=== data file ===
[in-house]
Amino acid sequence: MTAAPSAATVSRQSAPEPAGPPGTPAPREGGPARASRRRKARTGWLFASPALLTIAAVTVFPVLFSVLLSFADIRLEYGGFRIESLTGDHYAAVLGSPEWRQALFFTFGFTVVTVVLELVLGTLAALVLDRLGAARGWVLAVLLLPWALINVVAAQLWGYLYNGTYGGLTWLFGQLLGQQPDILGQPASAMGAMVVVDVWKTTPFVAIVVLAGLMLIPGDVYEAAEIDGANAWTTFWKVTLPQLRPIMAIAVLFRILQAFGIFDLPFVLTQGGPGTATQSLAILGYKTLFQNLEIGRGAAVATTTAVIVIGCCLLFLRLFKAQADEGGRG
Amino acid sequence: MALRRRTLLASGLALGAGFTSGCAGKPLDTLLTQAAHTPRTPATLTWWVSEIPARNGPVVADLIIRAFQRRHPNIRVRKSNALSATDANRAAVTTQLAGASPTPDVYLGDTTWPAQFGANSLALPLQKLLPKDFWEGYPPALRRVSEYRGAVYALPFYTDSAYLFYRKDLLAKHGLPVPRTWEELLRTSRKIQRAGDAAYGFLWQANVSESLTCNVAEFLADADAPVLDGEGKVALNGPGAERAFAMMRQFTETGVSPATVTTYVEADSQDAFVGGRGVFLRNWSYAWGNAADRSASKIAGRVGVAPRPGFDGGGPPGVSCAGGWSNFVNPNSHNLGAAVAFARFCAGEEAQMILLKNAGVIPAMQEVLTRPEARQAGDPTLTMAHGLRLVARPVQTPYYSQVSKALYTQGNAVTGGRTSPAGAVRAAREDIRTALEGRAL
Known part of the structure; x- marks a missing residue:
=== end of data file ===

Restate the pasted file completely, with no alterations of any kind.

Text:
[in-house]
Amino acid sequence: MTAAPSAATVSRQSAPEPAGPPGTPAPREGGPARASRRRKARTGWLFASPALLTIAAVTVFPVLFSVLLSFADIRLEYGGFRIESLTGDHYAAVLGSPEWRQALFFTFGFTVVTVVLELVLGTLAALVLDRLGAARGWVLAVLLLPWALINVVAAQLWGYLYNGTYGGLTWLFGQLLGQQPDILGQPASAMGAMVVVDVWKTTPFVAIVVLAGLMLIPGDVYEAAEIDGANAWTTFWKVTLPQLRPIMAIAVLFRILQAFGIFDLPFVLTQGGPGTATQSLAILGYKTLFQNLEIGRGAAVATTTAVIVIGCCLLFLRLFKAQADEGGRG
Amino acid sequence: MALRRRTLLASGLALGAGFTSGCAGKPLDTLLTQAAHTPRTPATLTWWVSEIPARNGPVVADLIIRAFQRRHPNIRVRKSNALSATDANRAAVTTQLAGASPTPDVYLGDTTWPAQFGANSLALPLQKLLPKDFWEGYPPALRRVSEYRGAVYALPFYTDSAYLFYRKDLLAKHGLPVPRTWEELLRTSRKIQRAGDAAYGFLWQANVSESLTCNVAEFLADADAPVLDGEGKVALNGPGAERAFAMMRQFTETGVSPATVTTYVEADSQDAFVGGRGVFLRNWSYAWGNAADRSASKIAGRVGVAPRPGFDGGGPPGVSCAGGWSNFVNPNSHNLGAAVAFARFCAGEEAQMILLKNAGVIPAMQEVLTRPEARQAGDPTLTMAHGLRLVARPVQTPYYSQVSKALYTQGNAVTGGRTSPAGAVRAAREDIRTALEGRAL
Known part of the structure; x- marks a missing residue: